It is my great pleasure to introduce the Penn State Laureate for 2009-10 — Anthony Leach, associate professor of music and music education. Tony is the director and founder of Essence of Joy, and he directs the Penn State University Choir and the Oriana Singers, among others. Tony teaches undergraduate and graduate courses in choral music education, and his choirs have performed at festivals throughout the United States, Canada, England, Italy, South Africa and other countries. On Tuesday, Tony will be taking Essence of Joy to Taiwan, South Korea and Japan. We're proud to count Tony among our alumni; he earned his master's and Ph.D. degrees from Penn State after earning a bachelor of science degree in music education from Lebanon Valley College.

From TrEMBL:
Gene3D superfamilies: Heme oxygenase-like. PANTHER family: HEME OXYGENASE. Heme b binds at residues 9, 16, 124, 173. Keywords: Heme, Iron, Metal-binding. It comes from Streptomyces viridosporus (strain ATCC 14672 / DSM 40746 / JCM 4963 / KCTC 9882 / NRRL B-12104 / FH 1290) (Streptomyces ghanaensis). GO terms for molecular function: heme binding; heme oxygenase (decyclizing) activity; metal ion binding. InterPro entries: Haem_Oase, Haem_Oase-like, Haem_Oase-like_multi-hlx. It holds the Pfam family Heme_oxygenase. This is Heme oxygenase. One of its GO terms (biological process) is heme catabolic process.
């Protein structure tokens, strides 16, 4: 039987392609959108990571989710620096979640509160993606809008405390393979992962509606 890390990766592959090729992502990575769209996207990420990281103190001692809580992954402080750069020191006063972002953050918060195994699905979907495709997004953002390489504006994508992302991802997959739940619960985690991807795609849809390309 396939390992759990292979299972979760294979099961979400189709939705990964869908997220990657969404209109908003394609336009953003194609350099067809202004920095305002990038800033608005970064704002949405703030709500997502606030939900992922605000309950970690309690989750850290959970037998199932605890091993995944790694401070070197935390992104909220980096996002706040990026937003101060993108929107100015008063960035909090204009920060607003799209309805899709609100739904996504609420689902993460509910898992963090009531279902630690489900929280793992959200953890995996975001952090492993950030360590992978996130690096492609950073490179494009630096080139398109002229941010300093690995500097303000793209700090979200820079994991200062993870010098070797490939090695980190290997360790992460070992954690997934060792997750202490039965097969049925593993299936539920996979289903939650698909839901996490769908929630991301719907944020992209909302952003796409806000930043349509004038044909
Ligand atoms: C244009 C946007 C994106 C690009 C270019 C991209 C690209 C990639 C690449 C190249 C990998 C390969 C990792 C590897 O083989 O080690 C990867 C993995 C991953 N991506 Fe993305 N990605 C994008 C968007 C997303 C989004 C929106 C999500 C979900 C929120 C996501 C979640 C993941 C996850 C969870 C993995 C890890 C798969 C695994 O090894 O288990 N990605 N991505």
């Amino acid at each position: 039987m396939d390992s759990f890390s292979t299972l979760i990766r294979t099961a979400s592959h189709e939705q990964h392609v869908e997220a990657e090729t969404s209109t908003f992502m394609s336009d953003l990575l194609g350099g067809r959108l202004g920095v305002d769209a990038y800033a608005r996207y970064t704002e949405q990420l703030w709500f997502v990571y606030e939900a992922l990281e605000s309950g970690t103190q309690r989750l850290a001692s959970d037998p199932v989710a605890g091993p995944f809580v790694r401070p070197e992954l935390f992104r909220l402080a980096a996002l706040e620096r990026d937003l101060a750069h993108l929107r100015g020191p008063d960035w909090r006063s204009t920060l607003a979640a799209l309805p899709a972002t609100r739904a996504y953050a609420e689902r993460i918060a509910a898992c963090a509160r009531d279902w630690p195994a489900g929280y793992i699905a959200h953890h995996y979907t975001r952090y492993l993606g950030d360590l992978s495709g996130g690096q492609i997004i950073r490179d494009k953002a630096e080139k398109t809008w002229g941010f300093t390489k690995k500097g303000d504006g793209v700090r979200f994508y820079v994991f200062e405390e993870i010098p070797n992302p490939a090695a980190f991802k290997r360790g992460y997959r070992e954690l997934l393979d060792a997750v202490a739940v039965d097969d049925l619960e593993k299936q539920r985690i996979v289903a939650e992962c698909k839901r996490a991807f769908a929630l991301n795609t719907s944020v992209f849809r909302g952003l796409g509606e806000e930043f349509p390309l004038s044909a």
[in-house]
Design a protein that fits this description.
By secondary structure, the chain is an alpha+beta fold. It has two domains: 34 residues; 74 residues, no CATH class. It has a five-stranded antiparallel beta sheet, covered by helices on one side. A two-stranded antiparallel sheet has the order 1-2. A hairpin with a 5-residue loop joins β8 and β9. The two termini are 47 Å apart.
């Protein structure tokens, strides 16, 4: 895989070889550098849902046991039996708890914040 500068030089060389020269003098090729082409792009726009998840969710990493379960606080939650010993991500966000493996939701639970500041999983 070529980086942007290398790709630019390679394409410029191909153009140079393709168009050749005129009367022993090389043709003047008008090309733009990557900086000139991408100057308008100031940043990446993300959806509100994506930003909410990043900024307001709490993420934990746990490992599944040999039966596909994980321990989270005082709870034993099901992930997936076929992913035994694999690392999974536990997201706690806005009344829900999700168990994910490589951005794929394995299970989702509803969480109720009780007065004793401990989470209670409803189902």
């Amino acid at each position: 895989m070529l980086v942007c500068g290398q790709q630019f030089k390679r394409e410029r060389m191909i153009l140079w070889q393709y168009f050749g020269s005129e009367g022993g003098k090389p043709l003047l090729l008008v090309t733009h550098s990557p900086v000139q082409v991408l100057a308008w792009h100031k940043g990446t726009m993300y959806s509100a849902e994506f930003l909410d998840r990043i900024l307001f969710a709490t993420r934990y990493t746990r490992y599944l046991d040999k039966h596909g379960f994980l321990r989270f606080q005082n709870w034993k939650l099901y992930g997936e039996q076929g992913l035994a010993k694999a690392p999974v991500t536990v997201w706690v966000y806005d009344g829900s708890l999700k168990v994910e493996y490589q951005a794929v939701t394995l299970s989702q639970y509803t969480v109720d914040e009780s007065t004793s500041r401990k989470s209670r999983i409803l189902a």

Tony, I am delighted that you have accepted the position of Penn State Laureate. Please stand so you can be recognized.

Thank you. I also would like to thank Trustee Anne Riley, who served on the Penn State Laureate selection committee.

This also has been a season of high-profile recognition for our faculty members.

In April, two Penn State faculty members were honored by the American Academy of Arts and Sciences, which has a distinguished history dating back to the American Revolution.

Mary Jane Irwin, Evan Pugh professor and A. Robert Noll Chair in Engineering and the Department of Computer Science and Engineering, and Thomas Mallouk, DuPont professor of materials chemistry and physics, are among the new Fellows being honored this year.